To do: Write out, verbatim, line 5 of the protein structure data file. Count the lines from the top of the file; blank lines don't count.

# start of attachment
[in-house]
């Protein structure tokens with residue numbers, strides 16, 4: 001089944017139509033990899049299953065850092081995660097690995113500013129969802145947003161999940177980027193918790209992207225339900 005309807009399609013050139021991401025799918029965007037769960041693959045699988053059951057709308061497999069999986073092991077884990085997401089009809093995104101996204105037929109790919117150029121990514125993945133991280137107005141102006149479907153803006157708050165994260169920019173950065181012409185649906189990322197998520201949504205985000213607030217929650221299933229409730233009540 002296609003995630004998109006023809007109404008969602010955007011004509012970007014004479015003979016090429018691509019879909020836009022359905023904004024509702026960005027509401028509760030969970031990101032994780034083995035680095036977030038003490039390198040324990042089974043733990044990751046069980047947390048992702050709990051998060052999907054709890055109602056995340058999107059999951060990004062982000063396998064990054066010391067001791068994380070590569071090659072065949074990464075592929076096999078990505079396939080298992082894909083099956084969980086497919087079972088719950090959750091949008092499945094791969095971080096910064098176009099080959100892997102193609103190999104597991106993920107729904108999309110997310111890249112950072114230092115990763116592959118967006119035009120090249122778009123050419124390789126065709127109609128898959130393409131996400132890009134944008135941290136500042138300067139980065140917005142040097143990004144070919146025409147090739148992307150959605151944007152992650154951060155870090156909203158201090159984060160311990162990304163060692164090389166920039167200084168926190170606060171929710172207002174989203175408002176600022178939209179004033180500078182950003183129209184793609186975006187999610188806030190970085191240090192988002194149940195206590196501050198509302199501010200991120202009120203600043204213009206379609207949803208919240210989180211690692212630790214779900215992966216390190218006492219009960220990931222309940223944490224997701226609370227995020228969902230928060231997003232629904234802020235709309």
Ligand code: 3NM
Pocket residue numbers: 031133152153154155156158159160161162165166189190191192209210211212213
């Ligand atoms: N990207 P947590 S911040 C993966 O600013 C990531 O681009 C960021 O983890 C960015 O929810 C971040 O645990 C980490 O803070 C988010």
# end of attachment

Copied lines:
């Ligand atoms: N990207 P947590 S911040 C993966 O600013 C990531 O681009 C960021 O983890 C960015 O929810 C971040 O645990 C980490 O803070 C988010």